Common Enterprise Wide Data Governance Issues: #2 The quality of data entered by front-end staff is not as high as desired

This post is one of a series dealing with common Enterprise Wide Data Governance Issues.  Assess the status of this issue in your Enterprise by clicking here:  Data Governance Issue Assessment Process

Causes:

  1. Front-end staff are put under pressure to ‘sell business’ and sort out details later.
  2. Front-end staff have no incentive to enter high-quality data.
  3. Front-end staff are unaware of the downstream impact of poor data.
  4. Little realisation on the part of front-end staff that data entered at account opening may be re-used repeatedly for 30+years.
  5. Front-end systems may lack data validation software.
  6. Front-end systems may not enforce business rules between related fields.
  7. Reluctance to add data validation to legacy Front-end systems

Impact:

  • Incomplete or poor quality ‘informational’ or ‘Master data’ captured at data entry.
  • Risk that the enterprise and/or individual business units will fail to comply with regulatory requirements (e.g. the requirement to ‘Know your customer’).

Solution:
Agree and implement the following policies:

  1. Data owners must define the business rules to be applied to each data item at data entry time.
  2. Data owners must agree Data Quality requirements with the end users of the data, and the owners of the data entry processes.
  3. Data owners must agreee Data Quality Service Level Agreements with the end users of the data, and the owners of the data entry processes.
  4. Data Quality measurement must be implemented at each point of data entry to measure the quality of data being entered, and support the implementation of data quality Service Level Agreements.
  5. Front-end staff must be educated on the importance of data quality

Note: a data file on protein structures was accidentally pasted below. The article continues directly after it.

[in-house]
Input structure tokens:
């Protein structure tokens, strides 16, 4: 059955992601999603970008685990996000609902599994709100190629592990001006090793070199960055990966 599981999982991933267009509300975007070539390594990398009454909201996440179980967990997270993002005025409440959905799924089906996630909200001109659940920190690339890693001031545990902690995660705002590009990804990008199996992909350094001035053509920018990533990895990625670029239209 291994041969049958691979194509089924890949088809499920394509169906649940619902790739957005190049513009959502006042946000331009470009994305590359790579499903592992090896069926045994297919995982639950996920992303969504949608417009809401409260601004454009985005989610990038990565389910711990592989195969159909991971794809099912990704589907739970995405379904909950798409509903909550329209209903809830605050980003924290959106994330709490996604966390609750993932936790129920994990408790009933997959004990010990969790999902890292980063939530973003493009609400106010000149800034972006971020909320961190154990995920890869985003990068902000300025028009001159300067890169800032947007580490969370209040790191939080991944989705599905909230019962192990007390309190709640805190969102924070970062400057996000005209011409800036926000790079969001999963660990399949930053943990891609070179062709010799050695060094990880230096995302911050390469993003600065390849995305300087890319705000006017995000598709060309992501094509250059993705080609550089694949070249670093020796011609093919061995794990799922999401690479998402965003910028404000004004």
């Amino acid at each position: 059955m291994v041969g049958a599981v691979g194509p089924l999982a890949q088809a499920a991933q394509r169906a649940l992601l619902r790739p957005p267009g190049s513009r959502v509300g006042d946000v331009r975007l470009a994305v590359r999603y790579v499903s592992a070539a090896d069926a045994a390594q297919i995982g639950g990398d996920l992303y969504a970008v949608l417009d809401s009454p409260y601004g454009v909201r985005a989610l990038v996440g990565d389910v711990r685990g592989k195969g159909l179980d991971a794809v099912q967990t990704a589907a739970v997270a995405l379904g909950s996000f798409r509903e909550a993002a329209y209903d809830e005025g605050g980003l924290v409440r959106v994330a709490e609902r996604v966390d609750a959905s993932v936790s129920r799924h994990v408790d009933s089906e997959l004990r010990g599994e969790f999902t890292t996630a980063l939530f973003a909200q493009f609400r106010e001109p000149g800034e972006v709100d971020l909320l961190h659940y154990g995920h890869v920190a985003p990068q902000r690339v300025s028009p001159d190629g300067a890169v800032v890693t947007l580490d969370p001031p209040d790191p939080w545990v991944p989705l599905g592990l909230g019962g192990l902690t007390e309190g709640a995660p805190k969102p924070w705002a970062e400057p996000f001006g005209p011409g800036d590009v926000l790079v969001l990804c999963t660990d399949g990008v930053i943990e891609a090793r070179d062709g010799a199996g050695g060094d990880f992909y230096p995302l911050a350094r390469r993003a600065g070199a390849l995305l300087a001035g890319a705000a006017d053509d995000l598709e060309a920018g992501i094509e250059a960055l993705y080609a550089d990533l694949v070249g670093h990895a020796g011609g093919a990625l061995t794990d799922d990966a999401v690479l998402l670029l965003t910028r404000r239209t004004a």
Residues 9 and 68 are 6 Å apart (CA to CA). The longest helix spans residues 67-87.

6. Front-end staff must be supported in taking the time and effort to “get it right first time”

Your experience:
Have you faced the above issue in your organisation, or while working with clients?  What did you do to resolve it?  Please share your experience by posting a comment – Thank you – Ken.

Common Enterprise Wide Data Governance Issues: #1 The quality of informational data is not as high as desired

In most Financial Institutions, transactional data quality is quite good across the Enterprise, in that customers transactions are successfully processed.

However, the quality of informational data (Master Data), such as customer details, is typically not as good as desired.  This is the ‘generic data governance issue’ that faces most organizations.   In this series of posts, I will take this high level data governance issue to a lower level of detail.

This post is one of a series dealing with common Enterprise Wide Data Governance Issues.  You can see the full list, together with the process for assessing the status of the issues in your Enterprise by clicking here:  Data Governance Issue Assessment Process

Your experience:
Have you faced the above issue in your organisation, or while working with clients?  What did you do to resolve it?  Please share your experience by posting a comment – Thank you – Ken.